Hume considered the idea of identity to be both fictitious and perception based (Hume, 1739). His philosophy was that we as humans could only perceive, or imagine a concept of self based on various thoughts and images that we could see at any given time. But if Hume were to argue that Self existed, it would do so as a constant, unchanging element, of which we could be continually aware. Hume subscribed to the Bundle Theory in that he claimed the image of Self was dependent on a range of different variables, or perceptions, that were in a constant state of change.
Because of this change element, the concept of identity, which one would presume was unchanging, must be false. Kronqvist (n. d. ) suggested that in fact our perceptions of Self were not even based on bundles of perceptions, but rather simply perceptions in themselves. This is because perceptions are able to exist without the benefit of Self, but are in fact part of our imagination process, which lends itself to support Hume’s idea as the Self as fictitious. However, Kronqvist (n. d.
) also claims that the idea that perceptions are enough to either prove or disprove Hume’s theory breaks down when we consider that perceptions are individually based. She uses the concept of the feeling of pain to illustrate how a simple injury on one person, might be perceived as more or less painful in another. This might even suggest that because perceptions are individually based they could contribute to the idea of Self. Penelhum (1955) argues that Hume was not clear in his definition of identity or Self and believed that Hume was confusing the ideas of Self and identity, with self-concept.
The issue arises from Hume’s description of identity as being an unchanging object over the time. The use of the word ‘object’ in many cases would suggest something that is itself unchanging, when in fact as Penelhum (1955) points out, an object under philosophical definition could be something as intangible as the notes of music in a song; The notes themselves are all individually different, yet the song as an object stays the same.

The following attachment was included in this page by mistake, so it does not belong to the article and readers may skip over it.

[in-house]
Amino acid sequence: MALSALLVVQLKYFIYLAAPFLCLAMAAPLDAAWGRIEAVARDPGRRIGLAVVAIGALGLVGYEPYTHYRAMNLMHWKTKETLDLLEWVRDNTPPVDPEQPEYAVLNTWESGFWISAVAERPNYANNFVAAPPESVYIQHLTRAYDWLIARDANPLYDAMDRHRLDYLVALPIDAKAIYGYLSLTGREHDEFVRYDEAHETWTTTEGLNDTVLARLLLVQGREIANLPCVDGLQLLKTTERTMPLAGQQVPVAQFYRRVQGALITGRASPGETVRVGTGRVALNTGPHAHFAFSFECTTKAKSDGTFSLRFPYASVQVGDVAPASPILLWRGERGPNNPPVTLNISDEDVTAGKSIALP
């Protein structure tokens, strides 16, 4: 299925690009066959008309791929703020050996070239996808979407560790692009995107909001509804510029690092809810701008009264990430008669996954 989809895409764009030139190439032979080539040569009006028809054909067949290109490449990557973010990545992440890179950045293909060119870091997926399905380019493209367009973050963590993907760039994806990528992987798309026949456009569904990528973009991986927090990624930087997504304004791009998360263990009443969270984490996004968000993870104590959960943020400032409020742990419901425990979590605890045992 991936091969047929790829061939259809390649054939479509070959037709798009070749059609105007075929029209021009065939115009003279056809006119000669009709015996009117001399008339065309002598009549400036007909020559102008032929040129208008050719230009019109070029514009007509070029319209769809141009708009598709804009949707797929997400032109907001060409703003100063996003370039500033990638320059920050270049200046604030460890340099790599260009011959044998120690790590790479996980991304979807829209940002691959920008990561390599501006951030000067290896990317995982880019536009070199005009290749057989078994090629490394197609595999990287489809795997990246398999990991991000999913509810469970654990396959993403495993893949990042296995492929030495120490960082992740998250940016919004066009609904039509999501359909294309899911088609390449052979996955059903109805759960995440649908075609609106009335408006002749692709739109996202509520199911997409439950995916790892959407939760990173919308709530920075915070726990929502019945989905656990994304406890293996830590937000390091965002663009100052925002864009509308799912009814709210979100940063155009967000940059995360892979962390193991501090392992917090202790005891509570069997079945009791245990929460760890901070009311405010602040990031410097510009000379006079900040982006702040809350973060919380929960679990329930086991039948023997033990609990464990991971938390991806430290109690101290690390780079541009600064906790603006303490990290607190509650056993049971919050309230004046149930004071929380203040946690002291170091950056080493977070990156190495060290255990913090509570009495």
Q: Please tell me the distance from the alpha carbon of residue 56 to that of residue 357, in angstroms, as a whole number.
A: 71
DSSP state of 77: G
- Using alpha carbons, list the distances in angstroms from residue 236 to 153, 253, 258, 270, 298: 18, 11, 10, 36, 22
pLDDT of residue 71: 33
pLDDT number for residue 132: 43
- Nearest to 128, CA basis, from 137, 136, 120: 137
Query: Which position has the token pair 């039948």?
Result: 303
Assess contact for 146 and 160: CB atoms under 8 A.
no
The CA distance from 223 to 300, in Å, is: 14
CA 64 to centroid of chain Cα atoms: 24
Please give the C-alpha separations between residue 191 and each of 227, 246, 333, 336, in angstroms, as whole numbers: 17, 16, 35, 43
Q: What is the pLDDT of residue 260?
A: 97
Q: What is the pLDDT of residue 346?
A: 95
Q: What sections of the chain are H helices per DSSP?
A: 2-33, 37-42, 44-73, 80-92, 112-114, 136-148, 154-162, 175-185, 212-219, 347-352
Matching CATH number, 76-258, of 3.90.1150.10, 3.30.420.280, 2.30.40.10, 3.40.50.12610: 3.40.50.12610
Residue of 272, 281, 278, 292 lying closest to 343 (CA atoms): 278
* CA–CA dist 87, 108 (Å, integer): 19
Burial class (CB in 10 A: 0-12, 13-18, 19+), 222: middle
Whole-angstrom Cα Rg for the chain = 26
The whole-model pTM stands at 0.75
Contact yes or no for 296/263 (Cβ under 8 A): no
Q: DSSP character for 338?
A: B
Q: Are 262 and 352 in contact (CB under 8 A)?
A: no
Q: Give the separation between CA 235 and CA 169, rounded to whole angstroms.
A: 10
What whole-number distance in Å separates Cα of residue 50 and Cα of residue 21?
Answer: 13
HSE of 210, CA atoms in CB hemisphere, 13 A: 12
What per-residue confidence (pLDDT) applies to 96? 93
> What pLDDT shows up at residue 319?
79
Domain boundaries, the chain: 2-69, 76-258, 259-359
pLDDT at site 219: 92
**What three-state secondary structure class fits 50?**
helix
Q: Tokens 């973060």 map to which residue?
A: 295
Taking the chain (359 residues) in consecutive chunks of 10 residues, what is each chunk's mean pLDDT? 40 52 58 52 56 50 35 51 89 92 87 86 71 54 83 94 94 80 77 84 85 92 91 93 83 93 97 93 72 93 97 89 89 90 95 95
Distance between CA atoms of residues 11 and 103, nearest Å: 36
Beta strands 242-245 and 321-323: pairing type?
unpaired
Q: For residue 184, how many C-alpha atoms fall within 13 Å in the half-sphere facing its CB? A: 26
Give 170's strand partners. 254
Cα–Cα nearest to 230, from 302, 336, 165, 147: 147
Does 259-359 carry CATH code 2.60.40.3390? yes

Personally I agree with Penelhum that Hume was not aware of the more modern view of Self, and was indeed relating it only to the concept of the mind, as opposed to including elements such as personality, inherited traits and the impact of external forces on how we see and express ourselves. While there is much about us that changes as we move through life, there is, I believe, a core element in all of us, that distinguishes us from our family members, and others, and could be considered a concept of Self.
References Hume, D. (1740). A Treatise of Human Nature (1967 version). Oxford University Press, Oxford. Kronqvist, C. (n. d. ). Hume on personal identity. Retrieved April 8, 2009. http://web. abo. fi/~ckronqvi/files/hume. pdf Penelhum, T. (1993). Hume’s moral philosophy. In Norton, D. F. (ed. ), (1993). The Cambridge Companion to Hume, Cambridge University Press, pp. 117–147.